Media coverage

These days there are plenty of tools for tracking the progress of a media release. Google lets you search the web, news, and blogs. There’s Twitter search, Android Market download stats, and WordPress page views. And RMIT uses a media monitoring firm. All pure smack for a data junkie like me.

So how did we go?

In the real world, on Thursday we got 1 minute 19 seconds on Melbourne’s Channel 9 news at 6pm. The NZ Herald did a couple of paragraphs, and the Melbourne Herald Sun mentioned us in a story on the Australian launch of Facebook Places.

In the on-line world we did even better. The story was picked up by the Times of India and, via a syndicated blog feed, the New York Times. It was translated into Russian, Chinese, Indonesian, Polish, and Spanish. And it was tweeted and blogged countless times. Not too bad.

When a media release is let loose in the wild it tends to get picked up by traditional media first, then it gets blogged, tweeted, and translated a few times, mutating as it goes like a game of Chinese whispers. But I was pleased to see that the message stayed intact through all iterations. It helps that it’s a story that people from all cultures can relate to, and it’s simple enough to fit in a tweet.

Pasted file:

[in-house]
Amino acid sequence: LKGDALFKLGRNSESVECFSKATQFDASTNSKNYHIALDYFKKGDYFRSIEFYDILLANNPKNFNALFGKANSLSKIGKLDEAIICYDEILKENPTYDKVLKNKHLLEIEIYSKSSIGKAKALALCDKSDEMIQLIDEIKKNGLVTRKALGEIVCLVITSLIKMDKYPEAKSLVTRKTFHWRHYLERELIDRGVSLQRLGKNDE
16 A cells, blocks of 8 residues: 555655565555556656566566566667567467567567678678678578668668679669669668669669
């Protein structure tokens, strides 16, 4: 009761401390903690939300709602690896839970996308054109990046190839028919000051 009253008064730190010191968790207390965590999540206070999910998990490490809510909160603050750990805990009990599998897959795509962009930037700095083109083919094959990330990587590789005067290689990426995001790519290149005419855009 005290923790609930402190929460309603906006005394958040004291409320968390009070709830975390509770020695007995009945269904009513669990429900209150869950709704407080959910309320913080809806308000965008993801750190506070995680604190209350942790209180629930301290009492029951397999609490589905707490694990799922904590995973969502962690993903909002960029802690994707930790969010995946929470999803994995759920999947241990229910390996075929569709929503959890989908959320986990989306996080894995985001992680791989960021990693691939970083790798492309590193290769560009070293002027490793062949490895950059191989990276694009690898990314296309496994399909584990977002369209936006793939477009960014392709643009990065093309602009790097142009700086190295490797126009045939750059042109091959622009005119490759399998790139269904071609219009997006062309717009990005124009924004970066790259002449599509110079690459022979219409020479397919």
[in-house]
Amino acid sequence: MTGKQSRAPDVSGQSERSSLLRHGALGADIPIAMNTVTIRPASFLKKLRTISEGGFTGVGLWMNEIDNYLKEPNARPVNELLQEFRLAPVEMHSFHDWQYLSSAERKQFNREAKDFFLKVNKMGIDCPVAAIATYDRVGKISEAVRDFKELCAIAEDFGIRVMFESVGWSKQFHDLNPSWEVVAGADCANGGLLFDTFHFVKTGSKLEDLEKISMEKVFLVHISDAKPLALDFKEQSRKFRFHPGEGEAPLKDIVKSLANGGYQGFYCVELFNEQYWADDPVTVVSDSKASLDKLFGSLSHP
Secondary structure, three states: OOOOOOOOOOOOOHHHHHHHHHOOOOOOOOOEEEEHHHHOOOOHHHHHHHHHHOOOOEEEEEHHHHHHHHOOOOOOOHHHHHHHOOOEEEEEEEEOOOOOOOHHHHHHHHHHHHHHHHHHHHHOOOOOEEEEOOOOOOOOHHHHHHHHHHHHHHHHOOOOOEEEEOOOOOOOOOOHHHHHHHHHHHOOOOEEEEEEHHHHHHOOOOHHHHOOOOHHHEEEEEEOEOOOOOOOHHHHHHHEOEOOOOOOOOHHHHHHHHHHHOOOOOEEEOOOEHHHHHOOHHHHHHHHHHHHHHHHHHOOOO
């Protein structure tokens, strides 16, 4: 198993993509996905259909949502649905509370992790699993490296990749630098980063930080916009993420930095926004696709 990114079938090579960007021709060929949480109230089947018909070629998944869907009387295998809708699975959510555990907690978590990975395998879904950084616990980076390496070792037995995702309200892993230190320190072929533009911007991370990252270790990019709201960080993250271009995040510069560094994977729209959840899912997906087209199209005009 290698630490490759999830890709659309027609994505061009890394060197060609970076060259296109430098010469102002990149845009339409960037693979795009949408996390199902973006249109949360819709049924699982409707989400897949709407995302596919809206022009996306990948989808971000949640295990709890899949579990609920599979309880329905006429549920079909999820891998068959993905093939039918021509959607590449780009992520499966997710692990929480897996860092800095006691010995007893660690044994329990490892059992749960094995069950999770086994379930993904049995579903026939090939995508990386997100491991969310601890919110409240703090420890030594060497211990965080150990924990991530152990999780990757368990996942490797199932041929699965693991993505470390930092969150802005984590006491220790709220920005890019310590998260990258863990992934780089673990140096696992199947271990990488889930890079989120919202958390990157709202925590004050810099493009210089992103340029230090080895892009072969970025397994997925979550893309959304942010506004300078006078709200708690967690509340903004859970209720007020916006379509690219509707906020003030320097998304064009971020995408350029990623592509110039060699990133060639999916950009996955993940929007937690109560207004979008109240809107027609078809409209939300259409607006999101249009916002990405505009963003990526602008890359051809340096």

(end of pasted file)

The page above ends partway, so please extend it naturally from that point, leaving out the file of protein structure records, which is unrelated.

All in all, that went well. Next mission: convince someone to write an iPhone version.


About geosms

A PhD Candidate in Geospatial Sciences, at RMIT's School of Mathematical and Geospatial Sciences.
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One Response to Media coverage

  1. Alex says:

    Congratulation! I’m the author of the “geo:” URI standard, and i’m happy to see actual applications making use of this particular IETF standard – oh, and you definitely got an amazing amount of press coverage – another article in German was posted here today:

    Looking forward to more applications!

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